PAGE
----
I believe that if these nationalisation policies in Sweden and Finnmark had not existed, and if, through history, Meänkieli speakers and Kvens could have been able to learn Finnish and if they had had Finnish-speaking schools and mass media, if they had been able to take part in the development of written Finnish and if the status of the language had been in every way better, standard Finnish would have suited them as well as it suits the Northern Finns. But as they have been trying to abolish the native languages in these countries and force a majority language on people, the language has grown farther and farther apart from Finnish (Söderholm s. d.).
On different sides of the border, the languages have grown apart mainly because new words have been borrowed by Meänkieli from Swedish, the majority language, whereas Finnish has developed its own words and borrowed terms from the Finnish mass media, for instance. The influence of Swedish on Meänkieli is, according to Söderholm (s. d.), due to the low status of Finnish and Meänkieli in Sweden, compared to the position of Swedish, the dominant language.
In addition to the national border, another supporting factor in the independence of Meänkieli is that, for the inhabitants of Meänmaa, the position of Meänkieli is crucial: it is a part of its national identity (see Huss 2006: 586). Furthermore, linguistic studies show the importance of teaching Meänkieli, not Finnish, in Meänmaa schools, because Meänkieli is already so distant linguistically from Finnish that it is difficult for native Meänkieli speakers to learn and even understand standard Finnish (Winsa 1993).
It is exactly because of language-political reasons that Meänkieli is an independent, regional language; it received its status as an official minority language in Sweden in 2000 alongside with Finnish, Sami, Yiddish and the Romani languages (Andersson and Kangassalo 2003: 30). However, Meänkieli is not a homogenous language: its different variations are spoken throughout the region.
In prose fiction, dialects are used to express colloquial speech in one way or another. In addition to oral discourse, dialects are used as a way of literary expression to enliven the language or as a stylistic device to create an illusion of colloquial speech in dialogues. Dialects are also used in different texts to emphasise the importance of dialectal language. In these kinds of texts - columns or causeries, for example - the dialect is in itself more important than the factual content of the text (Koski 2002: 53). The so-called dialect boom which began in Finland in the early 1990s has given birth to different kinds of dialectal translations. Texts translated from standard Finnish into different dialects include comics (Asterix, Donald Duck), folktales (Parahia tarinoota kersoolle ja aikuusille [Great Stories for Kids and Adults]) and religious literature (for example The Catechism). In addition to dialect translations, fiction is written in different dialects: for instance, Heli Laaksonen writes poetry in the dialect of Uusikaupunki (for example, Pulu uis, 2000), Rosa Liksom writes prose fiction in the North-Western dialect, and Sinikka Nopola uses the dialect of Häme in her novels (Makkonen-Craig & Vaattovaara 2007: 402–406).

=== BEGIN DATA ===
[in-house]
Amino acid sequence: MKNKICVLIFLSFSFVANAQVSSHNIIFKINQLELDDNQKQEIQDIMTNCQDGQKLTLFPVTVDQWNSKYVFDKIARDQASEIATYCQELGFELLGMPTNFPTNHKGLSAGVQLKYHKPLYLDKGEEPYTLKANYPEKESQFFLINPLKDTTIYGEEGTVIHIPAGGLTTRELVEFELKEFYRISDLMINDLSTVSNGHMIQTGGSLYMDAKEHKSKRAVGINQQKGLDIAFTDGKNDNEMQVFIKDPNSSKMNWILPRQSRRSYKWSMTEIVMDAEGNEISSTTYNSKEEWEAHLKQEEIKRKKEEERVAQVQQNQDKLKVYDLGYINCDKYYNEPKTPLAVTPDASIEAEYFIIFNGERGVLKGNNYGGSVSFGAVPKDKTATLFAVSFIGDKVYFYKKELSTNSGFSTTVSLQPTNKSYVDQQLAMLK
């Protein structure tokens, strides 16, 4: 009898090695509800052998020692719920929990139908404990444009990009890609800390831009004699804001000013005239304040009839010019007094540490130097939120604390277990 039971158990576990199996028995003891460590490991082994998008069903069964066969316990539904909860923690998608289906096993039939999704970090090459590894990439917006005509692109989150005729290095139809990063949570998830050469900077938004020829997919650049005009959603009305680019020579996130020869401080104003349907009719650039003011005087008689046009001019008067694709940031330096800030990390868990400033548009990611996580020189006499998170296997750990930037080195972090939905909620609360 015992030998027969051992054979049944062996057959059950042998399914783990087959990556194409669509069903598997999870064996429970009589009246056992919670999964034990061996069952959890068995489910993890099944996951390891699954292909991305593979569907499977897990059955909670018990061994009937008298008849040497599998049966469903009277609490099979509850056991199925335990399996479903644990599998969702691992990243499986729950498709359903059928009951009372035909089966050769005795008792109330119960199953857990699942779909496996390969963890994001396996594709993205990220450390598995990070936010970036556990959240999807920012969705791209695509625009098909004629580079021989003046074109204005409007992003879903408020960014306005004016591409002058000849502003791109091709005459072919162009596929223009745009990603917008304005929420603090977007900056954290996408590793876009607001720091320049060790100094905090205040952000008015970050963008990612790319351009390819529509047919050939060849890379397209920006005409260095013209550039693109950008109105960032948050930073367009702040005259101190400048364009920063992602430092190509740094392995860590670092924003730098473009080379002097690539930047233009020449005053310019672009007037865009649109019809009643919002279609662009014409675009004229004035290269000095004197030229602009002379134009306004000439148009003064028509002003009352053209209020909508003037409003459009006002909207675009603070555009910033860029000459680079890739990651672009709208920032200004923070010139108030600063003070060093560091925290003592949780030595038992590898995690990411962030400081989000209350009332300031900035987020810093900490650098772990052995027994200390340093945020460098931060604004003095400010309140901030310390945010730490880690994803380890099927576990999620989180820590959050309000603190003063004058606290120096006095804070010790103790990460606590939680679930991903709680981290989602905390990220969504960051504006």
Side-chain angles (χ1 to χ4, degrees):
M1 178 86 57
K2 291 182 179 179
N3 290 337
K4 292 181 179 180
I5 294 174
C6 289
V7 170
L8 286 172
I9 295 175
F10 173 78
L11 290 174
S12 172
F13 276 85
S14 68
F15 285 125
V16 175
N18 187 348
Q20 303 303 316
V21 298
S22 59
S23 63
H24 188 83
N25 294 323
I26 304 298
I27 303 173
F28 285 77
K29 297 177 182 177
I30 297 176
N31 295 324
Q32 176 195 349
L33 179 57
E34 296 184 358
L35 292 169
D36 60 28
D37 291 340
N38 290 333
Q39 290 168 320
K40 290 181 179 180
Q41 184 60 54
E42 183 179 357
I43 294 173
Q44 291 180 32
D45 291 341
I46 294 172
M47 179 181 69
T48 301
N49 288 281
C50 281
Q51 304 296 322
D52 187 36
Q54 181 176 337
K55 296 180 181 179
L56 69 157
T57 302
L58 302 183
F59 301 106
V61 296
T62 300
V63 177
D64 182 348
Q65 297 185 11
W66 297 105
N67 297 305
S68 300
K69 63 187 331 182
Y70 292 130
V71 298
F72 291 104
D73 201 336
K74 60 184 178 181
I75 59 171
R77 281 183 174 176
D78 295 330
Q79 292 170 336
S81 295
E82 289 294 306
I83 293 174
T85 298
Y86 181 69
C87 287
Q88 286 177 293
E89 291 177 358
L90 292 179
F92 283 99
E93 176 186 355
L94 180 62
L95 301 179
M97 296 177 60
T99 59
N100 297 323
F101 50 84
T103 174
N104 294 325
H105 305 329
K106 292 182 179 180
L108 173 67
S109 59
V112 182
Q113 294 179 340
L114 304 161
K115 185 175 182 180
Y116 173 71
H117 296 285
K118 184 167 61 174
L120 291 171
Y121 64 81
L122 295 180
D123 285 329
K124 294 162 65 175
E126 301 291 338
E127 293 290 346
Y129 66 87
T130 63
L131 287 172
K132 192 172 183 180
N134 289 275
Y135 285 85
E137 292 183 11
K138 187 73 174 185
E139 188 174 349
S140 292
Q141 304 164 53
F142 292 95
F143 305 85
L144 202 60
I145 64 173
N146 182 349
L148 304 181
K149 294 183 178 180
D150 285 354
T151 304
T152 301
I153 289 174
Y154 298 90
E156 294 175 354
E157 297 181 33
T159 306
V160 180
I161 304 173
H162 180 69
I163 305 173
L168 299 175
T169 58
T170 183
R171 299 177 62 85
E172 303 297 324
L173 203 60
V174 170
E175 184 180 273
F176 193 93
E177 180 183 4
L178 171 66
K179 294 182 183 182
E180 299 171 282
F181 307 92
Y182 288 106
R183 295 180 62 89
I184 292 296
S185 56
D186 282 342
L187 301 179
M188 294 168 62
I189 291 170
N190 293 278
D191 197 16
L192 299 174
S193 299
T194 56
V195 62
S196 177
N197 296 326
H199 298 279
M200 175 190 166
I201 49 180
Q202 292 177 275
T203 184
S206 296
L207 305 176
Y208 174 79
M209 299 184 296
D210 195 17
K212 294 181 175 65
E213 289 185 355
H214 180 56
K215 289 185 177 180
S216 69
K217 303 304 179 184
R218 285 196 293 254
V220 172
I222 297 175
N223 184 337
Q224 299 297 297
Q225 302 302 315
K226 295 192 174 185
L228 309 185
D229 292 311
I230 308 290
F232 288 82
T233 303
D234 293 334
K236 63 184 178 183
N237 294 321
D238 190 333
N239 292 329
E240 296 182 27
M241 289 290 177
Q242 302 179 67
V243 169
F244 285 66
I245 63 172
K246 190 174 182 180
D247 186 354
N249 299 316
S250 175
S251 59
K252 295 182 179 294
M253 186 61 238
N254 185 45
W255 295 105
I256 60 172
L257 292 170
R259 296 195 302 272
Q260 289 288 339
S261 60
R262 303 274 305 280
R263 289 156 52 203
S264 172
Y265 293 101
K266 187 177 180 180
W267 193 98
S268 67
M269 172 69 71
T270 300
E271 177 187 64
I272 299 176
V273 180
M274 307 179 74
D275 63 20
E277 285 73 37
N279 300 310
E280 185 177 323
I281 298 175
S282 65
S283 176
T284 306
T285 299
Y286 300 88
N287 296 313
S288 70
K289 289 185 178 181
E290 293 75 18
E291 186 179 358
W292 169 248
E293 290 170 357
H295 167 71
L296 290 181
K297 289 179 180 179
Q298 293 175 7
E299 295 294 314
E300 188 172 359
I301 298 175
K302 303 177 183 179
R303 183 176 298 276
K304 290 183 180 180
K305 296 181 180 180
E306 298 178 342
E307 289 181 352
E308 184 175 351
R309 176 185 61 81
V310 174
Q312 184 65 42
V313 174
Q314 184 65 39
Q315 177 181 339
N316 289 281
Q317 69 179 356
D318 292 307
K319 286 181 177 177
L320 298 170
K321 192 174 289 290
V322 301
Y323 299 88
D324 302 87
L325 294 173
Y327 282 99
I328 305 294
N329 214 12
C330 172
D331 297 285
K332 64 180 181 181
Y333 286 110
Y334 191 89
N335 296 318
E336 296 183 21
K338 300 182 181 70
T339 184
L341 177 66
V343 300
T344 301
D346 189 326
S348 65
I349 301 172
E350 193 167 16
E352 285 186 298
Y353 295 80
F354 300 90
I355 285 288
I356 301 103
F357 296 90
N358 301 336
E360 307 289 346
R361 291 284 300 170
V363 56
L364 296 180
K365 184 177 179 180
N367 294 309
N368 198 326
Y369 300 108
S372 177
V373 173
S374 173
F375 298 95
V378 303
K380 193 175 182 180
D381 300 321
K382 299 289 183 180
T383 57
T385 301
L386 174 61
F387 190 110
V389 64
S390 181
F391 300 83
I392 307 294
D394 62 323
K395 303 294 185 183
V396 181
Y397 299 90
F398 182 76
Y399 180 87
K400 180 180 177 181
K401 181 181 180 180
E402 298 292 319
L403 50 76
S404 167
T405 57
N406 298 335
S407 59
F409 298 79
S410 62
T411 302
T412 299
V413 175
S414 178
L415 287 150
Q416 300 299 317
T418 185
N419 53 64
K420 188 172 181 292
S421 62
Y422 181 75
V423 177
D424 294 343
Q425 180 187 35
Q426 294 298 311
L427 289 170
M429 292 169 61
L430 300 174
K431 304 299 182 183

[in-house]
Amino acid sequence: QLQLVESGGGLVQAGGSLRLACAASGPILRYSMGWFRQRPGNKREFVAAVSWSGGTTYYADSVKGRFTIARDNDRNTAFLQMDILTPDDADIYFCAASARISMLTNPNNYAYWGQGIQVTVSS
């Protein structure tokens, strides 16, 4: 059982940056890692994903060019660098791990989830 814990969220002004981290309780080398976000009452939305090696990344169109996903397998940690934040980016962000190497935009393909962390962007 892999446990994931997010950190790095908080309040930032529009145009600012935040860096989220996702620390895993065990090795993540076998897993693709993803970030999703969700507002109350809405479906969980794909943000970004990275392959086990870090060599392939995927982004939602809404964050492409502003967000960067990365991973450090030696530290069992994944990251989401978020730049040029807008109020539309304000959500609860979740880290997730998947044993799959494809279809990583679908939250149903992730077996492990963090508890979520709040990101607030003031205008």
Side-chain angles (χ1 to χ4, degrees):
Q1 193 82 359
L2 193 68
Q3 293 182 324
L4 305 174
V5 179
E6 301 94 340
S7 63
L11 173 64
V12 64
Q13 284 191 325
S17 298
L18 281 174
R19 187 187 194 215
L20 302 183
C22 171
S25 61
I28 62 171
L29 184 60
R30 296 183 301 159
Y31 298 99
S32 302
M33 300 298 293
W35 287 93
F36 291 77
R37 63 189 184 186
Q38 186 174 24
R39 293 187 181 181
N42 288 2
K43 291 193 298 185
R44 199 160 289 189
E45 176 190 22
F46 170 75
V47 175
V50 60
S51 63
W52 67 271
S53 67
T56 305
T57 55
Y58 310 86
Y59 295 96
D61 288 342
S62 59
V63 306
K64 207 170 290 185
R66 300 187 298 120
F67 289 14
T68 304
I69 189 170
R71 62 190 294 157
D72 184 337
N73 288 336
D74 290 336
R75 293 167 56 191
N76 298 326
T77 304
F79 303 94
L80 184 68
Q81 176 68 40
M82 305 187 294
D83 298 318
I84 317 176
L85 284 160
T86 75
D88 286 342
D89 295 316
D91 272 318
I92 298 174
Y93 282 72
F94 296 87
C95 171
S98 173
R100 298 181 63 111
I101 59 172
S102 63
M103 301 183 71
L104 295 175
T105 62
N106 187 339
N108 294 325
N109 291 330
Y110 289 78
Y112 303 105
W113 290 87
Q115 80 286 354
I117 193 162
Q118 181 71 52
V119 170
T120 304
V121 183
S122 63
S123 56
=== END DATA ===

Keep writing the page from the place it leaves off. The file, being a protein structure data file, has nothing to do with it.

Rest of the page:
Thus, there are examples of the use of dialect in prose fiction, and even in religious literature, but dialects have not yet become common in academic writing and I do not believe that it is going to be the case. The language of science has different demands than the language of prose fiction and actually I do not believe that this thinking pattern will change in academic circles very soon. A question which is of particular interest in the light of this article - the position of Meänkieli as an independent language - is emphasized, for instance, in Birger Winsa’s cultural and academic work: he writes scientific articles in Meänkieli (see for example, Winsa 1993). As for an example, I could mention an academic conference I attended in Budapest in which Enikő Molnár Bodrogi, the Romanian Hungarian researcher and the translator of Jopparikuninkhaan poika, delivered her presentation in Meänkieli.
The translators of a dialect often think that they are translating spoken language; the translators of colloquial language, conversely, often use dialectal expressions in their texts (Tiittula and Nuolijärvi 2007: 400). Although the translators of colloquial prose have to pay similar attention to their work as do other literary translators, their work is not subject to such scrutiny as that of AV translators, for example. On the other hand, readers of a prose text often cannot check a particular section in the original work they have not understood, whereas a viewer of a film who hears – and perhaps also understands – the original language and reads the subtitles simultaneously pays immediate attention to the problems of the AV translator’s work.